Great to have competition, but sad to see software about to be released which is so fundamentally flawed.
Google's success didn't happen overnight
A valid point generally, but it happened overnight for me and everyone I know.
When Google launched it was completely different to all the incumbents and obviously superior in many ways, so much so that after using it once people tended to stay with it - it was fast, efficient, usable and pretty accurate in 1998, and none of those things have changed.
Cuil(l) has had a disastrous launch, and you only need to look at the current story in The Register to see how much worse their handling of associated images is than anything mentioned here so far. They had the benefit of a publicity coup, but it is only the fact that they had a few ex-Googlers on board that made it newsworthy, and yesterday may well be the busiest day they ever have.
Competition for Google would undoubtedly be a good thing, but right now Cuil(l) is not it.
But then neither are Yahoo, MSN, Ask or anyone else.
the webmaster community isn't representative of the general public
True - we have actually heard of Cuil(l) and bothered to try it.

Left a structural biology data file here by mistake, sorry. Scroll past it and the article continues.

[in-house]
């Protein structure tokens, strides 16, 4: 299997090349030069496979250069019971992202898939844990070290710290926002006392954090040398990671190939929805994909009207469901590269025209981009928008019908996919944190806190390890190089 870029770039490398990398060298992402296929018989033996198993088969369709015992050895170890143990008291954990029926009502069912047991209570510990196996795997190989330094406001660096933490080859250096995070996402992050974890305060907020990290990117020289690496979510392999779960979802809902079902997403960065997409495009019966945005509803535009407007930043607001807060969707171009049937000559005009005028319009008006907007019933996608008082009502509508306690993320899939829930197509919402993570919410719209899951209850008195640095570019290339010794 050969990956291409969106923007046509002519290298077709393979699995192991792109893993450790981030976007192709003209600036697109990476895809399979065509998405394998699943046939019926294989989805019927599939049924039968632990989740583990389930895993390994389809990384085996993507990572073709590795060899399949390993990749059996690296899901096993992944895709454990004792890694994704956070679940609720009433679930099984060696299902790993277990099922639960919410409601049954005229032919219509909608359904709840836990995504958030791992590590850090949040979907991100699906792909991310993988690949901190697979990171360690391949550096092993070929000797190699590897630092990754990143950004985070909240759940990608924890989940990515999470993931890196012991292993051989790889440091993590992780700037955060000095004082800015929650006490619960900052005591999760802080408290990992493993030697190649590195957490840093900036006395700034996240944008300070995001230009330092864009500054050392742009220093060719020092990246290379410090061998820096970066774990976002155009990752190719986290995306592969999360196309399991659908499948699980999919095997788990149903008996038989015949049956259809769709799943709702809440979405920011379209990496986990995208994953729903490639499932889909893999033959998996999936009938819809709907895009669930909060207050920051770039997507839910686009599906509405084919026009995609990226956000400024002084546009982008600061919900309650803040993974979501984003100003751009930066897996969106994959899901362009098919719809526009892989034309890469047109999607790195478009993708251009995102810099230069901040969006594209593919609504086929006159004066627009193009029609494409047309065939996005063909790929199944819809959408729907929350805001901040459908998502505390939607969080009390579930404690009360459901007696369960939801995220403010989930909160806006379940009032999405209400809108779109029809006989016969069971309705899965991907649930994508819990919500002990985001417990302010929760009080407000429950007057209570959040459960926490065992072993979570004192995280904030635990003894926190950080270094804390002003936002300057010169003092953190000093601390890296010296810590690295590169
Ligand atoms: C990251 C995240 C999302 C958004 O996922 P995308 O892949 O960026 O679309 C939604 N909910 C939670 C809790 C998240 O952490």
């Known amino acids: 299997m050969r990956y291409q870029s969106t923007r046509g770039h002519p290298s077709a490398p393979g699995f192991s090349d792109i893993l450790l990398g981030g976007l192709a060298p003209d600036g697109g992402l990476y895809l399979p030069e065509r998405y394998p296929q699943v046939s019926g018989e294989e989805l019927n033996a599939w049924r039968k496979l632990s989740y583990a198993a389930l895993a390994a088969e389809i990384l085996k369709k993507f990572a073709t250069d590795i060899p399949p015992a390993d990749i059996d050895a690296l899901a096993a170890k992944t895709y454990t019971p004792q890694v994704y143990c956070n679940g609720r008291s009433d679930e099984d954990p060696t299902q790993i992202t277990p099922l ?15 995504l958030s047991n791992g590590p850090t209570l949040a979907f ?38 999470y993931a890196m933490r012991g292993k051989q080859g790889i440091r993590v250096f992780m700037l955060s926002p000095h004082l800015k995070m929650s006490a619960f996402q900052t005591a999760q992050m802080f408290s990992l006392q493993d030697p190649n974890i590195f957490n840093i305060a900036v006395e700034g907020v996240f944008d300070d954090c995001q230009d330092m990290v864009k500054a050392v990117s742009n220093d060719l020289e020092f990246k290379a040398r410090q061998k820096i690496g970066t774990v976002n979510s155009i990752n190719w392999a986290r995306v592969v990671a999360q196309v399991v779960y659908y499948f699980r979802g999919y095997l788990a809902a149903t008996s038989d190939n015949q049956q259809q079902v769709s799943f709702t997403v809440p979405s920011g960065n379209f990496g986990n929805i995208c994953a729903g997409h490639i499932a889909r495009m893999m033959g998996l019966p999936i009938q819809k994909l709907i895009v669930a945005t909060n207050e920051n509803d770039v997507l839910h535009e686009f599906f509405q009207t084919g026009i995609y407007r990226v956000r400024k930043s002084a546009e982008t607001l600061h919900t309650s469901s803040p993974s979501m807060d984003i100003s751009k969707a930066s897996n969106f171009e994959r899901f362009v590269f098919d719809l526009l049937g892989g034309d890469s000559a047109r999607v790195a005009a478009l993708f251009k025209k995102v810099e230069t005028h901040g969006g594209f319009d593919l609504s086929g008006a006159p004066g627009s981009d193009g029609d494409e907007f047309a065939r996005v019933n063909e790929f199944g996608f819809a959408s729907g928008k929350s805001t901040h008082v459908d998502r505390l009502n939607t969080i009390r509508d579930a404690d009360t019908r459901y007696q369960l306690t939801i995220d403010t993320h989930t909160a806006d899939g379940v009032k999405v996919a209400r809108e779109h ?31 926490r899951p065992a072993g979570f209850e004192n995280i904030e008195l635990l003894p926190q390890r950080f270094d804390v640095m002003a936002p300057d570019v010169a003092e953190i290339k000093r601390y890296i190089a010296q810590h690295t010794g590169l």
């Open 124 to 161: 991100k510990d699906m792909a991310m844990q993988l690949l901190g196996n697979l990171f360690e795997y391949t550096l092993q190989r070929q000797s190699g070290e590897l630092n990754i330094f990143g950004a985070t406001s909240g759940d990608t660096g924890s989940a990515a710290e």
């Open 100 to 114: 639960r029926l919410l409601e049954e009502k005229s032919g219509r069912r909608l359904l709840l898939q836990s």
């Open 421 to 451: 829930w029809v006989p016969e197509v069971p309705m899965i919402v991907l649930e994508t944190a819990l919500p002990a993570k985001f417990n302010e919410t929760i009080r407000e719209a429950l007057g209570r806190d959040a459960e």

Give the folks at Cuil some time
They can have all the time they want.
The day I hear of the general public using it I will take it seriously.
"When you search with Cuil, we do not collect any
personally identifiable information, period."
In other words,
"When you search with Cuil, we do collect
non-personally identifiable information, so there."
Which suggests that
(a) their search may improve as they learn and
(b) they know the power of weasel words.
"The thing that differentiates contextual search from free-text search is that contextual search should be able to make use of known relationships between contexts. For example, a user searching for components with both “Automotive” and “North America” contexts should receive results that include business components tagged with “Automotive Engines” and “Detroit” (but which do not have “Automotive” nor “North America” as direct contexts). Equally, if the contexts “United States of America”, “USA”, and “America” all refer to the same country, then a search for any one of those contexts should return results from all three equivalent contexts."
I don't see this in Cuil. Any thoughts?
(contextual search gets used for email a lot)